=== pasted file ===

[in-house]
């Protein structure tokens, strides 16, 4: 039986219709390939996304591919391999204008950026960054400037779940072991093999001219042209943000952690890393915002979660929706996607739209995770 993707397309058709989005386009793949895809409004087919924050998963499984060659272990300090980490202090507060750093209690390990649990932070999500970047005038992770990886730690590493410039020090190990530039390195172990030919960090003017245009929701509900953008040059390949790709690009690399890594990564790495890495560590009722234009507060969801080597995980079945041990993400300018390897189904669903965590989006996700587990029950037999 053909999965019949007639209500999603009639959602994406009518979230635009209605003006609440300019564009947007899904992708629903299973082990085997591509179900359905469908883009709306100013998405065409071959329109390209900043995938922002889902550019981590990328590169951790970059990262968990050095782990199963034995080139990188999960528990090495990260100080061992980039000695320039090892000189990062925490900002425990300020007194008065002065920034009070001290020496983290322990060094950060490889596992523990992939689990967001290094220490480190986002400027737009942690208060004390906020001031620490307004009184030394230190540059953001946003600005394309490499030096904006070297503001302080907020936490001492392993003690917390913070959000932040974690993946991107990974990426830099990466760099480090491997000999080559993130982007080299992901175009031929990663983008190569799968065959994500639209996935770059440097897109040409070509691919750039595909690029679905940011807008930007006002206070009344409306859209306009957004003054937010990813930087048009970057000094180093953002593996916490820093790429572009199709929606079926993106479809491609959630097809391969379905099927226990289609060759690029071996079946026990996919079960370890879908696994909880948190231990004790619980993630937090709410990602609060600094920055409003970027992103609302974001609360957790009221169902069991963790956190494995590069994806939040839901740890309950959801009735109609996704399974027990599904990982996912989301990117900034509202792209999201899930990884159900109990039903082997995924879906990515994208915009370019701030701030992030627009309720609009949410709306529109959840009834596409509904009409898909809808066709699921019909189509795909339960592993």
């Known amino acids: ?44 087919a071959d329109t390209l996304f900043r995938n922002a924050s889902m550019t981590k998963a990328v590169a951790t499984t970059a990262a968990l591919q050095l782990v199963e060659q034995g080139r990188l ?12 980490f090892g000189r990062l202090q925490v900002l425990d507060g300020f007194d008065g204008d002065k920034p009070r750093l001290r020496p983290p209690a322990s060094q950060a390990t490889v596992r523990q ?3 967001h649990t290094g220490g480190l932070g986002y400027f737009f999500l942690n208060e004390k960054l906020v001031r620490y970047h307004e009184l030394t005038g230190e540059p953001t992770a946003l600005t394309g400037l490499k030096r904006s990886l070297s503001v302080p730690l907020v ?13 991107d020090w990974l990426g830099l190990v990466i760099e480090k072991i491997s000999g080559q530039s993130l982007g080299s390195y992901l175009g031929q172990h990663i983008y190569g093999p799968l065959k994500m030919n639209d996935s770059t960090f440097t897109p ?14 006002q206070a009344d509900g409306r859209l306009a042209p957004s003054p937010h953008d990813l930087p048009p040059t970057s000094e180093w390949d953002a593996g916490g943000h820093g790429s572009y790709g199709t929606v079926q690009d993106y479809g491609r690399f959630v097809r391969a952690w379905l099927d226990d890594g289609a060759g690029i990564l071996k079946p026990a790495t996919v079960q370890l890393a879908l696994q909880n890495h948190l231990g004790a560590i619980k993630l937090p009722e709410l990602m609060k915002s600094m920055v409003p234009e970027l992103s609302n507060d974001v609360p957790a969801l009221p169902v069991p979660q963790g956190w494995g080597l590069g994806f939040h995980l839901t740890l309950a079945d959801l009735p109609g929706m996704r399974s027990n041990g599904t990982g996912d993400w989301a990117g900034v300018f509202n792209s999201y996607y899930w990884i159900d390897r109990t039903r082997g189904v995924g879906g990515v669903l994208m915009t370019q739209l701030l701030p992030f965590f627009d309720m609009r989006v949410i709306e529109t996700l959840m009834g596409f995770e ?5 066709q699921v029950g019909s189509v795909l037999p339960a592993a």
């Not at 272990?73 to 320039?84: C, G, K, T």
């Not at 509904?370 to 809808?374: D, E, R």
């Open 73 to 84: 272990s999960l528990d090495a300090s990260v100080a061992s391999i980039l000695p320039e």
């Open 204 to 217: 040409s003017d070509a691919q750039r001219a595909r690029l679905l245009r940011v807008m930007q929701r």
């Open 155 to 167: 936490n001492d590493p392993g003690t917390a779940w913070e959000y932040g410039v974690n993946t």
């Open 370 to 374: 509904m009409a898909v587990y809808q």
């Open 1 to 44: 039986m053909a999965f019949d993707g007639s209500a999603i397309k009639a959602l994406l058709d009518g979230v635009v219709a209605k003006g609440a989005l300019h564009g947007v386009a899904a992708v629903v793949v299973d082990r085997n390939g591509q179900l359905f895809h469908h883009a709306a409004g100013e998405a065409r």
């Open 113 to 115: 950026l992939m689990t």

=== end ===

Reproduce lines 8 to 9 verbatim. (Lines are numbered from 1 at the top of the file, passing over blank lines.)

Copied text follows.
């Open 155 to 167: 936490n001492d590493p392993g003690t917390a779940w913070e959000y932040g410039v974690n993946t």
């Open 370 to 374: 509904m009409a898909v587990y809808q």